The role of trust in security: Building relationships with management and employees

Cyber Chief Magazine brings you the tactics to uncover and neutralize the insider threat

building relationships management employeesMassive data breaches have become the new reality, and they confirm that one of the biggest challenges companies face when it comes to security: a company’s biggest shortcomings are often not apparent until data breaches or other emergencies occur. As a result, adequately preparing for the worst and getting employees at every level of the company to give security the attention that it needs remain the key priorities for chief security officers.

Bridging the gap between management and lower-level employees is a particular challenge. Even when companies proactively introduce processes or frameworks that improve their security, I find things can break down when it comes to implementation.

Management may put in place a new security framework, document all new procedures, train staff, and even get an independent certification, but all of this will accomplish nothing if other employees continue to do what they were doing in the first place. Furthermore, the false sense of security provided by the mere existence of a new security framework or technology can make it easy for employees at every level to become complacent and assume their security is assured.

In reality, security processes must constantly evolve based on discussions between the chief security officer, management, and employees in every business unit, accounting for emerging risks, new technologies, and recently uncovered vulnerabilities.

Chief security officers need to first and foremost ensure that a solid understanding exists between the security team and the business units. There is no way that anyone could understand the nuances of a business unit’s capabilities, processes, assets, and services to the extent the unit itself does, so it is tremendously important for a chief security officer to meet with each unit and develop a comprehensive security plan, which is aligned on the corporate level. Only by gaining a more complete understanding of the unique needs of a business unit can a chief security officer develop safeguards that reduce risks.

Based on these discussions with the various business units, the security team offers suggestions that address the unit’s needs and concerns. Maybe a unit should consider outsourcing some processes, or perhaps one program does not require the same security measures that another does, or sometimes more resources might be needed. A skilled chief security officer will be able to guide the department head through the available options to find the right balance between the necessary investment and reduction of the risk it will bring.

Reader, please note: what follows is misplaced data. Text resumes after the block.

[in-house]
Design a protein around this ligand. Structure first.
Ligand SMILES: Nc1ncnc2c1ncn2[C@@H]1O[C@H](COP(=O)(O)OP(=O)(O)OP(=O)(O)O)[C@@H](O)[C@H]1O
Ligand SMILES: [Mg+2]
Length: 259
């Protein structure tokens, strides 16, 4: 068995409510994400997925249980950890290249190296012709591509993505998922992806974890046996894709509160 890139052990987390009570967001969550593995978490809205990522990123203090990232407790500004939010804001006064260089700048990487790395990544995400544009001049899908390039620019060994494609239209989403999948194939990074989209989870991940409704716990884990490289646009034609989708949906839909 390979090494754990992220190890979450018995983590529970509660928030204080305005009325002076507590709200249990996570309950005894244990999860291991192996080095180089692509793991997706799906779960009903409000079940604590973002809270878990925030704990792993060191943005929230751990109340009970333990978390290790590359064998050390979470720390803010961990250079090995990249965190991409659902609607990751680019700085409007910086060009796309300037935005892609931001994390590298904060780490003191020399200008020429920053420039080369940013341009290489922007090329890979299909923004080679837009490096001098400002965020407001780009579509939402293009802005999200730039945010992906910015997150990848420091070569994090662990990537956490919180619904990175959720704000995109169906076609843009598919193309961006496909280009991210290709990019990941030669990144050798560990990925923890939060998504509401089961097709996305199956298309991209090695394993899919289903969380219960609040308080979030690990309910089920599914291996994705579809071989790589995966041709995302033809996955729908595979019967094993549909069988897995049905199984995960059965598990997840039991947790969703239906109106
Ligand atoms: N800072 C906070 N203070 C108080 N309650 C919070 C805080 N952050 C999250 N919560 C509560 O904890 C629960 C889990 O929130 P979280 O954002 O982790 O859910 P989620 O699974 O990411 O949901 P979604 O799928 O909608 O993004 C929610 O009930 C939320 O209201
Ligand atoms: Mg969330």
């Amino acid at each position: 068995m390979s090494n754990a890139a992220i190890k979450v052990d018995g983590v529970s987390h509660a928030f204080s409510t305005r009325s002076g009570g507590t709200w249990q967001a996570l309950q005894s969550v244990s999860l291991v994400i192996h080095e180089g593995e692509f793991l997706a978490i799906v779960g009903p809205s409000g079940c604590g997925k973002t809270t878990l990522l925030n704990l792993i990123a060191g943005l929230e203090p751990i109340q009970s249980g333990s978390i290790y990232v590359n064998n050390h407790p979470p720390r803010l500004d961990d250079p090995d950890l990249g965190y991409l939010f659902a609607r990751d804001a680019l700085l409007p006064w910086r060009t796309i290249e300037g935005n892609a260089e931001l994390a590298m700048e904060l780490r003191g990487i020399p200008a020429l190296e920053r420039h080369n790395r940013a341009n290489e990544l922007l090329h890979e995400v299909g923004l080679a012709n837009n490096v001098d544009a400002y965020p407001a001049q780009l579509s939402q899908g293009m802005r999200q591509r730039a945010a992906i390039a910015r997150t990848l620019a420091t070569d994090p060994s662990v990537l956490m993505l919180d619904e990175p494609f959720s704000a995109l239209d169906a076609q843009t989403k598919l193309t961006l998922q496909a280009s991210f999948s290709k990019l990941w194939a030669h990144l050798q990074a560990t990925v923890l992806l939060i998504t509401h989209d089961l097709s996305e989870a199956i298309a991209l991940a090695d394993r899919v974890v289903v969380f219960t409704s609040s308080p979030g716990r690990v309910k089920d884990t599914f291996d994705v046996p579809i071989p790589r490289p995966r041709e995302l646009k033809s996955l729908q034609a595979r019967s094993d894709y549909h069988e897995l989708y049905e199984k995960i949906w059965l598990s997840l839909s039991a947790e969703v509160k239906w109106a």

However, the aspect that I consider to be most important when it comes to security is establishing trust between the chief security officer, key staff at every level of the company, and the management team. The chief security officer needs to ensure that employees at every level feel confident that when there’s a security issue, someone on the team will listen to them and help them determine what needs to be done in a way that addresses the issue proportionally to the risk.

Sometimes all this takes is for the chief security officer to go to lunch with the sales team or with an engineering team to hear their concerns firsthand and build a relationship that makes employees feel comfortable raising concerns in the future—before a security issue becomes critical. These meetings can also help employees understand the reasoning behind the existing security framework and may make them more likely to take security procedures more seriously.

It can be challenging to make the case to focus on security at the executive level. The management team may feel security is too complex to even discuss or that it’s pointless to invest so much time and money when nothing has gone wrong. On top of that, the executives should be focused on the overall business strategies. Apart from the rare situations like a decision to implement a new security or privacy framework, or the event of an unacceptable exposure or risk, there should be no reason for security to be explicitly brought to the boardroom. Therefore, it is essential that everyone in senior management understands the security exposure in their department and accepts the responsibility to mitigate it it as an integral part of their job, from strategic decisions to daily operations tasks.

Having a management team that truly understands how security relates to company operations is a tremendous asset to a chief security officer and makes it easier to justify investments that keep data secure in the same way that the business justifies investment.

With so many variables to account for in different departments and at different management levels, nothing can be completely secure. Security is a continuous process in your technology, your processes, and your people, and it’s a multi-level responsibility held by everyone in the company. Conveying that message, building trust, and addressing concerns as they arise in an appropriate and business-friendly manner will go a long way toward ensuring an effective security policy.